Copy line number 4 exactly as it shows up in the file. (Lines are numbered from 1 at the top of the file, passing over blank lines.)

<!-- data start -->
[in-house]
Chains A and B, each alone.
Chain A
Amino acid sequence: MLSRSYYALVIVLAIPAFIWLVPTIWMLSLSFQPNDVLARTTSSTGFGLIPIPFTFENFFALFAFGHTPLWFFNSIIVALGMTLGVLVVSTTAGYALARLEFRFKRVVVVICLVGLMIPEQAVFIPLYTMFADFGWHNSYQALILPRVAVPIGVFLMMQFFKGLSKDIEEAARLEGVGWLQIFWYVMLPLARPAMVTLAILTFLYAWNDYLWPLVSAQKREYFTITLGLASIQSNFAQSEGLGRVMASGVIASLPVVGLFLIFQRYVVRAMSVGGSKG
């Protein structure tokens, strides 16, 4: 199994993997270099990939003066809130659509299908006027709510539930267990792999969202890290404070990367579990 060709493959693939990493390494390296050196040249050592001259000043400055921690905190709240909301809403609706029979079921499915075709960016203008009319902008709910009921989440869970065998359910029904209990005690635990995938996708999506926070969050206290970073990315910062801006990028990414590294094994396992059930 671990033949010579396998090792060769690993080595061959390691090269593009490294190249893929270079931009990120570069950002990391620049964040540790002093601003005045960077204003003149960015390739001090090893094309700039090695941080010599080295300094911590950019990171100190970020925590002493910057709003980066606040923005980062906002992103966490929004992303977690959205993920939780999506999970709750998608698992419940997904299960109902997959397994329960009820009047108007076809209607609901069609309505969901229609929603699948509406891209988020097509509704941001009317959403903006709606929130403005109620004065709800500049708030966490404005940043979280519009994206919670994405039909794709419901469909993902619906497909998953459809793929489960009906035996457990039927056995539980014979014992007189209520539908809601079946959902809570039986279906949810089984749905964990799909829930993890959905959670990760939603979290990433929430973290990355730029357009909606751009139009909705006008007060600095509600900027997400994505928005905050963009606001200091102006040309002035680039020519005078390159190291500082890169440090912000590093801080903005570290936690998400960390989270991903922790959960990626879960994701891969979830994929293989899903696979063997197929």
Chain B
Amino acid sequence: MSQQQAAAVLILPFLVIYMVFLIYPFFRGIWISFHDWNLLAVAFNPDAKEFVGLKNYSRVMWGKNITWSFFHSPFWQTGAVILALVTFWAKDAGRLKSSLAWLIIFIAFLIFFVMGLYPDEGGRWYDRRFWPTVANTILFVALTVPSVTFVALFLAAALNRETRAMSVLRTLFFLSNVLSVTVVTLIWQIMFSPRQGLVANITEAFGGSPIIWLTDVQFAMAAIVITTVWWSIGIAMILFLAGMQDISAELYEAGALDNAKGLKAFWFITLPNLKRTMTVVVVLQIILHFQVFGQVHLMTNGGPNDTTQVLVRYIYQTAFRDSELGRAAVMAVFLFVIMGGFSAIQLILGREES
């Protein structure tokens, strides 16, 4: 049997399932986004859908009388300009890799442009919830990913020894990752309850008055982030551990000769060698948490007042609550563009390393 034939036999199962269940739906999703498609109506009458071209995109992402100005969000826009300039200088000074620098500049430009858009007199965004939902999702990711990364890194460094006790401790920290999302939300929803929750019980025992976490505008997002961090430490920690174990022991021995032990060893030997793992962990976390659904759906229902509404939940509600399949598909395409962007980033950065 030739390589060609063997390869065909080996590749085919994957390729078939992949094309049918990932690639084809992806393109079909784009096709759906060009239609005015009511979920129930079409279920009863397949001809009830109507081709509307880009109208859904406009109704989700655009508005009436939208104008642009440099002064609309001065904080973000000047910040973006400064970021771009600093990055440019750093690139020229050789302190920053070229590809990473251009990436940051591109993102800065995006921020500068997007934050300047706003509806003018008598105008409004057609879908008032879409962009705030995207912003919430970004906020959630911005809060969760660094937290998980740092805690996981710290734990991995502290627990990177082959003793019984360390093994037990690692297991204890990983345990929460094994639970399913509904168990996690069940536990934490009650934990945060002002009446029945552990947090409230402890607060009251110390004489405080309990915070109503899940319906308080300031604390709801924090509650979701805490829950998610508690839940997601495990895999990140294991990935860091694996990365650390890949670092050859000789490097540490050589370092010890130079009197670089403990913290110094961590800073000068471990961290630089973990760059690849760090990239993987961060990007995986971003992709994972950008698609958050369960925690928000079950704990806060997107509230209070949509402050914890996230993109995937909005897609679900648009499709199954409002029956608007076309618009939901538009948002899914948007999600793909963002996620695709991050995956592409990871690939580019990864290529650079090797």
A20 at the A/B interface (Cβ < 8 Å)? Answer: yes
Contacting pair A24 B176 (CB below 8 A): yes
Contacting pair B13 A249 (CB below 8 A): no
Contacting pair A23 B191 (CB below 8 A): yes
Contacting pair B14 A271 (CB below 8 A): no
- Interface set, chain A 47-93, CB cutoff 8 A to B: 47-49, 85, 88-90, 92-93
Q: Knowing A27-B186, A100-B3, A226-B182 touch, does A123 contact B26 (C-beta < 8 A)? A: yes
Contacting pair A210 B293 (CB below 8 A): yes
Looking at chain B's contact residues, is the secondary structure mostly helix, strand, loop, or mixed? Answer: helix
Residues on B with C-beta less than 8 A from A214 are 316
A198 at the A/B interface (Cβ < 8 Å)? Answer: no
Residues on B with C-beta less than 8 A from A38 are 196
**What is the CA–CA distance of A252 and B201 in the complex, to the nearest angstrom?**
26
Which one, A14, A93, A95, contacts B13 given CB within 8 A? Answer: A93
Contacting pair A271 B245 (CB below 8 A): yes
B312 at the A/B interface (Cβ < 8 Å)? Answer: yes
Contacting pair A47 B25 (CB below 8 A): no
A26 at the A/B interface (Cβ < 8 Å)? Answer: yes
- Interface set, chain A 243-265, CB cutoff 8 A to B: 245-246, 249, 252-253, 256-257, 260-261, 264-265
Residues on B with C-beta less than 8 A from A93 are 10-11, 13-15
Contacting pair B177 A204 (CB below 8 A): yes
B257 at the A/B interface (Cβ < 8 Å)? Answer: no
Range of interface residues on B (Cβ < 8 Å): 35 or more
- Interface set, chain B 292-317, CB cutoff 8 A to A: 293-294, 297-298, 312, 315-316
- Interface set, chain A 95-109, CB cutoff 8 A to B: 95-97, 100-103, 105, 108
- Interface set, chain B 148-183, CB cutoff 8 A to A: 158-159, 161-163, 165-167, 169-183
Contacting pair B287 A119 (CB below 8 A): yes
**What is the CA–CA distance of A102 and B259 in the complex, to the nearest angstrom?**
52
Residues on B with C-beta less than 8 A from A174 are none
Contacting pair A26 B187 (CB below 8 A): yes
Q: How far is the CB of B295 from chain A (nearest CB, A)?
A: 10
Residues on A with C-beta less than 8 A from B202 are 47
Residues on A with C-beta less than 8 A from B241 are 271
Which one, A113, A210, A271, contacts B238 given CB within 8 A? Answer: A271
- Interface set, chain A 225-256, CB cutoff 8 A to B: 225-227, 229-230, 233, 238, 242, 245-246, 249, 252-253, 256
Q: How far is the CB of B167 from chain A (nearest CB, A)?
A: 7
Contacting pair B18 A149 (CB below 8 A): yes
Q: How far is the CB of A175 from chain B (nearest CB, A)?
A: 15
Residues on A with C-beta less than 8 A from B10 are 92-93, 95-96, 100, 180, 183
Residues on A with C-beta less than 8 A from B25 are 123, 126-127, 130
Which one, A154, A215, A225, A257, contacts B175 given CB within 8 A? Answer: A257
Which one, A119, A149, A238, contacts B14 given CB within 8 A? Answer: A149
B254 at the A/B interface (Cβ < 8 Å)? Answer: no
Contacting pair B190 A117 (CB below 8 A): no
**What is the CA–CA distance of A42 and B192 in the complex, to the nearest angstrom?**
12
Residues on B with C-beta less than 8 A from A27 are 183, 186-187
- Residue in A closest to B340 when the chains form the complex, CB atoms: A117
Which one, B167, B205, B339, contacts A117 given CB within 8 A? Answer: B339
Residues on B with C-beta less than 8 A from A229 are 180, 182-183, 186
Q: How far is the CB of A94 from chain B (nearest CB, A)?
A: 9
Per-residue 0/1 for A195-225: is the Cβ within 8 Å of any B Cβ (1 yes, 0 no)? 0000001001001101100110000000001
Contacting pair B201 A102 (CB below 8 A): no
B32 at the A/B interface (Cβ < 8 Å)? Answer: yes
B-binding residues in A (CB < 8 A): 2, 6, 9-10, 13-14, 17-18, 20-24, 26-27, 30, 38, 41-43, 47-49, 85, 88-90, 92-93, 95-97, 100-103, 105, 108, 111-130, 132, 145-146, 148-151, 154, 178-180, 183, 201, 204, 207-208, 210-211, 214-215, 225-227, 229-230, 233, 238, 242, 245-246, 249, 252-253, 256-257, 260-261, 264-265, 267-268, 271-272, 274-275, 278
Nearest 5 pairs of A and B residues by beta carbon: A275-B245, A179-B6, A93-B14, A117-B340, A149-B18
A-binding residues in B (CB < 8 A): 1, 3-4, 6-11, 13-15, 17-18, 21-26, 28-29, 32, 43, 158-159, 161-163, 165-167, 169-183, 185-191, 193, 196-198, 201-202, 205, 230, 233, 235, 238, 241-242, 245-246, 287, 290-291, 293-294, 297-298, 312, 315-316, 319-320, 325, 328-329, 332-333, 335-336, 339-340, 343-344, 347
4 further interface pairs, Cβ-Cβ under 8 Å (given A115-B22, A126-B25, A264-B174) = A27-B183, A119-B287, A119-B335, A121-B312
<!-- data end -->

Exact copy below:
Amino acid sequence: MLSRSYYALVIVLAIPAFIWLVPTIWMLSLSFQPNDVLARTTSSTGFGLIPIPFTFENFFALFAFGHTPLWFFNSIIVALGMTLGVLVVSTTAGYALARLEFRFKRVVVVICLVGLMIPEQAVFIPLYTMFADFGWHNSYQALILPRVAVPIGVFLMMQFFKGLSKDIEEAARLEGVGWLQIFWYVMLPLARPAMVTLAILTFLYAWNDYLWPLVSAQKREYFTITLGLASIQSNFAQSEGLGRVMASGVIASLPVVGLFLIFQRYVVRAMSVGGSKG